Game Buzz: The Crew: The Quest for Planet Nine

Greetings, my friend. We are all interested in the future, for that is where you and I are going to spend the rest of our lives. And remember my friend, future events such as these will affect you in the future. You are interested in the unknown…

Wait, what? That’s something else entirely? Aw man, I thought I was going to get to write about Ed Wood today. Ah well. Let’s talk about

image by BGG user W Eric Martin

The Crew: The Quest for Planet Nine is a 2-5 player game designed by Thomas Sing and was released by KOSMOS at last year’s Spiel Fair, with an English version coming sometime this year. It’s a cooperative trick-taking game where players are trying to complete different missions of increasing difficulty.

The game comes with 40 large cards, with 36 of these being numbered 1-9 in four different colors, and the other four being Rocket cards numbered 1-4. There are also 36 small task cards, 5 reminder cards, and 17 tokens. There are 50 missions in the game, with each needing to be completed before you can move on to the next.

image by BGG user Einsiedler

Play is very standard for trick-taking games. All cards are dealt out. Beginning with the start player, each person plays a card from their hand. The suit played by the first player must be followed by any player that has it – that is, if I play a pink card and you have a pink card in your hand, you must play it. Once all players have put out a card, the one who played the highest card of the lead suit wins the trick, unless someone has played a rocket, which are trump. You can only play a rocket if you don’t have a card of the led suit.

During the game, you’re going to want certain people to win certain tricks so you can complete the missions. However, you’re not allowed to discuss what’s in your hand. Each player does have one radio communication token, however, and these can be used once per mission to communicate before a trick begins. This is done by playing a card and placing your token in a certain spot to indicate whether it is your highest of the color, your lowest of the color, or your only card of the color. You’ll replace it in your hand with a reminder card, which you’ll discard when you actually play the communicated card.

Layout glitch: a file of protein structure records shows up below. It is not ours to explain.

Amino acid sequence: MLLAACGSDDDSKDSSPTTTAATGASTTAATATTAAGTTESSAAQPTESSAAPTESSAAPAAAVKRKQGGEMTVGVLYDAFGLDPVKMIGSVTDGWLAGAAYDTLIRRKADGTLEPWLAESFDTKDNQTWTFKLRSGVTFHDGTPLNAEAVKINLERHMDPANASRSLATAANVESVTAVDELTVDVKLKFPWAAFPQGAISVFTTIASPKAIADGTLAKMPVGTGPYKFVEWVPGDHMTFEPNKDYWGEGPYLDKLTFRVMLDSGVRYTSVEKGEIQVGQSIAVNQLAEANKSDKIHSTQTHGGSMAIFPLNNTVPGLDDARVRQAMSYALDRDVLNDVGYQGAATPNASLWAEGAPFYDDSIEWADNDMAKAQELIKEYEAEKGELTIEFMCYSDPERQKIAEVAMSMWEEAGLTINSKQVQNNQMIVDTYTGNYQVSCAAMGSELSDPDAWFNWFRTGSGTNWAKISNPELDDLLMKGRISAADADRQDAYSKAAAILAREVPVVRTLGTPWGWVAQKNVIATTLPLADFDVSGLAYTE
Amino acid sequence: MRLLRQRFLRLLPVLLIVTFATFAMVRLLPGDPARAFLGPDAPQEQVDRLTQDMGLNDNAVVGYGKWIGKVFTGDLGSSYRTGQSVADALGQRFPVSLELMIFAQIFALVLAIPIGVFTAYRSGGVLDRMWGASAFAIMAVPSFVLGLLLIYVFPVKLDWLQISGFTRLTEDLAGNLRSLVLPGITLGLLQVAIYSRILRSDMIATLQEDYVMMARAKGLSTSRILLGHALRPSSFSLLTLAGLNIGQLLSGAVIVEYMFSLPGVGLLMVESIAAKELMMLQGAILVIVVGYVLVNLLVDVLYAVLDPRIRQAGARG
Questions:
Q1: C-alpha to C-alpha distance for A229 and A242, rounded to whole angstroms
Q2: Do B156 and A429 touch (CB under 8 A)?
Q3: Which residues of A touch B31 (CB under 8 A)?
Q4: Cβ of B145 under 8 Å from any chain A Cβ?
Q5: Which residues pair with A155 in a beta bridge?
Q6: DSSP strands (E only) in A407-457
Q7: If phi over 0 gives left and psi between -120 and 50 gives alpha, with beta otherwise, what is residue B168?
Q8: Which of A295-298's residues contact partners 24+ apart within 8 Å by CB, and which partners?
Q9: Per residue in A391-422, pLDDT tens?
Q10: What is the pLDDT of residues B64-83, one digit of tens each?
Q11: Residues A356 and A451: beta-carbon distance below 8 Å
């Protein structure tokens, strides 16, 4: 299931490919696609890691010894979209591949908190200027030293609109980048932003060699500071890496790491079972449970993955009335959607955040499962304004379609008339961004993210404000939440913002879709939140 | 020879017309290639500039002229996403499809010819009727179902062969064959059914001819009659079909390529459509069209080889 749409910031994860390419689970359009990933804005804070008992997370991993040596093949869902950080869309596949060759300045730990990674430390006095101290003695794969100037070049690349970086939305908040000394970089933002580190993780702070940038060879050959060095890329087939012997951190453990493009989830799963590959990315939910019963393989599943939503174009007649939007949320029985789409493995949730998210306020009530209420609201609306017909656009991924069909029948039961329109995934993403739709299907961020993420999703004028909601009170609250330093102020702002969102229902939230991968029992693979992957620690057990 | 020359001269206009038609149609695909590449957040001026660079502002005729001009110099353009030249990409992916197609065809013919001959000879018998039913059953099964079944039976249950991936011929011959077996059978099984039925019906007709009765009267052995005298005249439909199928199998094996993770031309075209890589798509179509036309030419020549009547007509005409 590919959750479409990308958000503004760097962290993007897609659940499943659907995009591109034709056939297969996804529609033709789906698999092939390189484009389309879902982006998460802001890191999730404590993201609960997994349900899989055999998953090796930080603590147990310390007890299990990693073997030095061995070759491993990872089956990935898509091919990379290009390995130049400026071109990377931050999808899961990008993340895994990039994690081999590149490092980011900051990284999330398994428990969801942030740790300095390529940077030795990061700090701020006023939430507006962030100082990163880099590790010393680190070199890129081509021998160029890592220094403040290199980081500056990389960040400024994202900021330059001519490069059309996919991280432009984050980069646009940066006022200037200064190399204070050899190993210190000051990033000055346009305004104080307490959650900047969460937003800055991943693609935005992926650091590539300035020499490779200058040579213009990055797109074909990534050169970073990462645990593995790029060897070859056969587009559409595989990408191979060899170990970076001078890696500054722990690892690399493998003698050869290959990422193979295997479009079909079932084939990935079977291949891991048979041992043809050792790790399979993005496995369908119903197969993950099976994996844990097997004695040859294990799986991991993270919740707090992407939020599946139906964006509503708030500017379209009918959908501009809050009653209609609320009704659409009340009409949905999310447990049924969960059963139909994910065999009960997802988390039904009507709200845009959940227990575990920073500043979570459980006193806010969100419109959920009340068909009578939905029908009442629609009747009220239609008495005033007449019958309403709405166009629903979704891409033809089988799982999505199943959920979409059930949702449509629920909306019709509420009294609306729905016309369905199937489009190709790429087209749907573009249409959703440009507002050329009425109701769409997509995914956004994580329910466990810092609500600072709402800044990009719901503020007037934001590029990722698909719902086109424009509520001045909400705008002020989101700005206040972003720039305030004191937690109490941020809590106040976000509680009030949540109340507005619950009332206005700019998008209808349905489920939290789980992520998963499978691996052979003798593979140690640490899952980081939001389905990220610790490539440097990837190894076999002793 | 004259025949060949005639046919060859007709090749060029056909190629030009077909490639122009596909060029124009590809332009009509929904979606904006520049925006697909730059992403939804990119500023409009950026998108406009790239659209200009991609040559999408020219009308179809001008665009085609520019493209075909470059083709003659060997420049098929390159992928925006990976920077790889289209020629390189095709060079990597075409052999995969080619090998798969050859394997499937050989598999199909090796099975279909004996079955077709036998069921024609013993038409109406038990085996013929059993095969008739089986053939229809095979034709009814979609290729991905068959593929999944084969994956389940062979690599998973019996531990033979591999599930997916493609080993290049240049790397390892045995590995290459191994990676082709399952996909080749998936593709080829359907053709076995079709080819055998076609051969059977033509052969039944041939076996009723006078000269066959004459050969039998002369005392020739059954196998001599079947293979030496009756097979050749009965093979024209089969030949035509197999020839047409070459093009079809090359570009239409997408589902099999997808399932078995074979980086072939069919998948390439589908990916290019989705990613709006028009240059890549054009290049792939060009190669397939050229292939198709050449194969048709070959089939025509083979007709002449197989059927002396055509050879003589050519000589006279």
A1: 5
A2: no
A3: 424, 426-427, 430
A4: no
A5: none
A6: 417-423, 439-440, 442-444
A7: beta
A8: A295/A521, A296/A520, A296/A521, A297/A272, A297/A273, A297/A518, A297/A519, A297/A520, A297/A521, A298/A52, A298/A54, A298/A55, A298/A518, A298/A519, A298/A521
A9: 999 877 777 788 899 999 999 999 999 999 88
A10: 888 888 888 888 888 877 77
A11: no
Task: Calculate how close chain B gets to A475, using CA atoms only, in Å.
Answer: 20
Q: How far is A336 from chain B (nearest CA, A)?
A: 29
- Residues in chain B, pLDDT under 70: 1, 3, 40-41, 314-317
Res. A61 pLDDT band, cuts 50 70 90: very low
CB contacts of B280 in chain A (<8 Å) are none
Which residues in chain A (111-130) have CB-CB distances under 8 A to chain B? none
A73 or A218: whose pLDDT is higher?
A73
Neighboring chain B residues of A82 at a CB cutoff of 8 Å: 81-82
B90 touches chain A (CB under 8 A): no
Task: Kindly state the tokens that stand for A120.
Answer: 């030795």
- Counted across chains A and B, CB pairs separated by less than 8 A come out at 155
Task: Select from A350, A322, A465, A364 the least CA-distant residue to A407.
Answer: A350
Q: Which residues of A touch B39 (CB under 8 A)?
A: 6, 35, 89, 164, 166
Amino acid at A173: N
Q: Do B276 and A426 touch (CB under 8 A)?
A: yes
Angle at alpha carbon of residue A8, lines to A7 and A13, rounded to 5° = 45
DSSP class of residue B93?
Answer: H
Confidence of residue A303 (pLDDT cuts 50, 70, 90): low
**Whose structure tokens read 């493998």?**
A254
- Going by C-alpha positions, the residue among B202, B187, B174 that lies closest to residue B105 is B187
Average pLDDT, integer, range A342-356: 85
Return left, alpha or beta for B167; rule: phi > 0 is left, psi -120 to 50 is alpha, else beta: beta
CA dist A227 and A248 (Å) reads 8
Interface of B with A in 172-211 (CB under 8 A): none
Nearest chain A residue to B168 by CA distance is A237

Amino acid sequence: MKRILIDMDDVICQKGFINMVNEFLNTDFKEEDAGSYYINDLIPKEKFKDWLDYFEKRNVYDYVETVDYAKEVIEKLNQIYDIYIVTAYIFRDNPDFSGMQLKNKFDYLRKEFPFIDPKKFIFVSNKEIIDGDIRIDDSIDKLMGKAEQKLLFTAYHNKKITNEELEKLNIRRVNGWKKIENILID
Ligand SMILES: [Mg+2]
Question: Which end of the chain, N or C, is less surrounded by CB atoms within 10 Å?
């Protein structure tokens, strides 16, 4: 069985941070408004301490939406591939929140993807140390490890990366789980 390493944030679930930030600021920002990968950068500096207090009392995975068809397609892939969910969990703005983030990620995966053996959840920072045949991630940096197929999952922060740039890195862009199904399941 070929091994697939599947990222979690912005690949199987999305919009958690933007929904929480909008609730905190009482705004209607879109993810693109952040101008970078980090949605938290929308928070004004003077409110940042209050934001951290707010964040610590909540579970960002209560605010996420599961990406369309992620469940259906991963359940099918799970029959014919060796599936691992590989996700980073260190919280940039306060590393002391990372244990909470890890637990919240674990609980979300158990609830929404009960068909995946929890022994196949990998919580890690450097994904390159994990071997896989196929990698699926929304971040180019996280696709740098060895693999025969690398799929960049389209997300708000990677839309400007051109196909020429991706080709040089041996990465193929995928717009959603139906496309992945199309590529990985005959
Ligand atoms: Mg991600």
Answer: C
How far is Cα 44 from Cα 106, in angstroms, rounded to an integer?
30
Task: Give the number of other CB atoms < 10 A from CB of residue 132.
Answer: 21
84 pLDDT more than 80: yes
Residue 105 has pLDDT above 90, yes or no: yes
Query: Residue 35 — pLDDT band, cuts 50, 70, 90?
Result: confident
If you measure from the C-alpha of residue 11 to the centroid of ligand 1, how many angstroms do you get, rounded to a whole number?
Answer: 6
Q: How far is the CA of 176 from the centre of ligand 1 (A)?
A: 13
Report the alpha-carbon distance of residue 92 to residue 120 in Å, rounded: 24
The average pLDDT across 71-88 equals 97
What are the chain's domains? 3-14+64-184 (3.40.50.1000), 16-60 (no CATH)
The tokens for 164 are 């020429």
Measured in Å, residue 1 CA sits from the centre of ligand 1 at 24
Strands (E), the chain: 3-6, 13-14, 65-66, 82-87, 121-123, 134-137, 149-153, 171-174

Missions come with a number of tasks, which are distributed between the players at the start of a game. Your goal is to complete your task, usually by taking the required tricks. If you do, you flip the task over. If someone else completes your task first, the mission is lost and needs to start over.

There’s other stuff going on in the game, but these are the basics. Play tricks, complete tasks, fulfill missions, win.

image by BGG user mudshark_baby

I do like trick-taking games, and this seems like enough of a twist on the genre to set it apart from the plethora of games out there. It’s gotten a huge amount of buzz since it came out, especially at BGG Con last year, where it apparently got a lot of play. It’s on my list as a game I need to pick up, partly because it’s a trick-taking game, and partly because the cooperative aspect really appeals to me.

That’s it for today. Thanks for reading!

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